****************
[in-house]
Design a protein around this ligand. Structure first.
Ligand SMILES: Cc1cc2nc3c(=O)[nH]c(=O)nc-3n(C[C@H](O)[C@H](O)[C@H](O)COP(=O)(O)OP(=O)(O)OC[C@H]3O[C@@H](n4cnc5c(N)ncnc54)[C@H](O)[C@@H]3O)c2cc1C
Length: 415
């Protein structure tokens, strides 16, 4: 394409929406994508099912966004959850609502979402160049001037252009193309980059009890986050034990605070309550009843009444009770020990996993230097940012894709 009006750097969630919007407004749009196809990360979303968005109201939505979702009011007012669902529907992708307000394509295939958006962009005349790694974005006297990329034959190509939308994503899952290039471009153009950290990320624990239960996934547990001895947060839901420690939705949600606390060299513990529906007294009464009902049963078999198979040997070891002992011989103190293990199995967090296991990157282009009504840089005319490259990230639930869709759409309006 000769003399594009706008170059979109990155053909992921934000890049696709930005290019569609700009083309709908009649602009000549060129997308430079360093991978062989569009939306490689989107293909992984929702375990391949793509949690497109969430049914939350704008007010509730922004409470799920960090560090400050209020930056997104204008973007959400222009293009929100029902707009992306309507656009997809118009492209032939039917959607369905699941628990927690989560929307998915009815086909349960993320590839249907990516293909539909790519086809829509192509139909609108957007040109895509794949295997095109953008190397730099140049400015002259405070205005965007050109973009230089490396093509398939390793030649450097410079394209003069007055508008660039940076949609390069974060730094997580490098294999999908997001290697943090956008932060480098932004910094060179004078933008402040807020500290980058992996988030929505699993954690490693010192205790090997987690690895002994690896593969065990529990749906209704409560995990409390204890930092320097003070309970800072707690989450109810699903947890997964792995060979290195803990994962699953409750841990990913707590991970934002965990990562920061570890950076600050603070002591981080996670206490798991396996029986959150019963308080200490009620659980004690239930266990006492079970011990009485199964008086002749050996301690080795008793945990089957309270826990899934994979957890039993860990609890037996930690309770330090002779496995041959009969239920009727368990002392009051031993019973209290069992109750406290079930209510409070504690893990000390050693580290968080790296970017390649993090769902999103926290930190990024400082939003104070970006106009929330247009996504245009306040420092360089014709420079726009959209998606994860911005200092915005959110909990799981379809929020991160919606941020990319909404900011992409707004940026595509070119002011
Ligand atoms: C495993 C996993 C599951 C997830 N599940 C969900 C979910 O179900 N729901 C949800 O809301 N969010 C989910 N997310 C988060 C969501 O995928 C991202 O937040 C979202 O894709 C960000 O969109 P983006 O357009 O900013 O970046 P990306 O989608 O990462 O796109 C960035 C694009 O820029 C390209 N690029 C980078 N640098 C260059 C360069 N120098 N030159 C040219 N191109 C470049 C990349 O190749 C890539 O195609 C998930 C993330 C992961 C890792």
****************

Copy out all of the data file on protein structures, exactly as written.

[in-house]
Design a protein around this ligand. Structure first.
Ligand SMILES: Cc1cc2nc3c(=O)[nH]c(=O)nc-3n(C[C@H](O)[C@H](O)[C@H](O)COP(=O)(O)OP(=O)(O)OC[C@H]3O[C@@H](n4cnc5c(N)ncnc54)[C@H](O)[C@@H]3O)c2cc1C
Length: 415
């Protein structure tokens, strides 16, 4: 394409929406994508099912966004959850609502979402160049001037252009193309980059009890986050034990605070309550009843009444009770020990996993230097940012894709 009006750097969630919007407004749009196809990360979303968005109201939505979702009011007012669902529907992708307000394509295939958006962009005349790694974005006297990329034959190509939308994503899952290039471009153009950290990320624990239960996934547990001895947060839901420690939705949600606390060299513990529906007294009464009902049963078999198979040997070891002992011989103190293990199995967090296991990157282009009504840089005319490259990230639930869709759409309006 000769003399594009706008170059979109990155053909992921934000890049696709930005290019569609700009083309709908009649602009000549060129997308430079360093991978062989569009939306490689989107293909992984929702375990391949793509949690497109969430049914939350704008007010509730922004409470799920960090560090400050209020930056997104204008973007959400222009293009929100029902707009992306309507656009997809118009492209032939039917959607369905699941628990927690989560929307998915009815086909349960993320590839249907990516293909539909790519086809829509192509139909609108957007040109895509794949295997095109953008190397730099140049400015002259405070205005965007050109973009230089490396093509398939390793030649450097410079394209003069007055508008660039940076949609390069974060730094997580490098294999999908997001290697943090956008932060480098932004910094060179004078933008402040807020500290980058992996988030929505699993954690490693010192205790090997987690690895002994690896593969065990529990749906209704409560995990409390204890930092320097003070309970800072707690989450109810699903947890997964792995060979290195803990994962699953409750841990990913707590991970934002965990990562920061570890950076600050603070002591981080996670206490798991396996029986959150019963308080200490009620659980004690239930266990006492079970011990009485199964008086002749050996301690080795008793945990089957309270826990899934994979957890039993860990609890037996930690309770330090002779496995041959009969239920009727368990002392009051031993019973209290069992109750406290079930209510409070504690893990000390050693580290968080790296970017390649993090769902999103926290930190990024400082939003104070970006106009929330247009996504245009306040420092360089014709420079726009959209998606994860911005200092915005959110909990799981379809929020991160919606941020990319909404900011992409707004940026595509070119002011
Ligand atoms: C495993 C996993 C599951 C997830 N599940 C969900 C979910 O179900 N729901 C949800 O809301 N969010 C989910 N997310 C988060 C969501 O995928 C991202 O937040 C979202 O894709 C960000 O969109 P983006 O357009 O900013 O970046 P990306 O989608 O990462 O796109 C960035 C694009 O820029 C390209 N690029 C980078 N640098 C260059 C360069 N120098 N030159 C040219 N191109 C470049 C990349 O190749 C890539 O195609 C998930 C993330 C992961 C890792």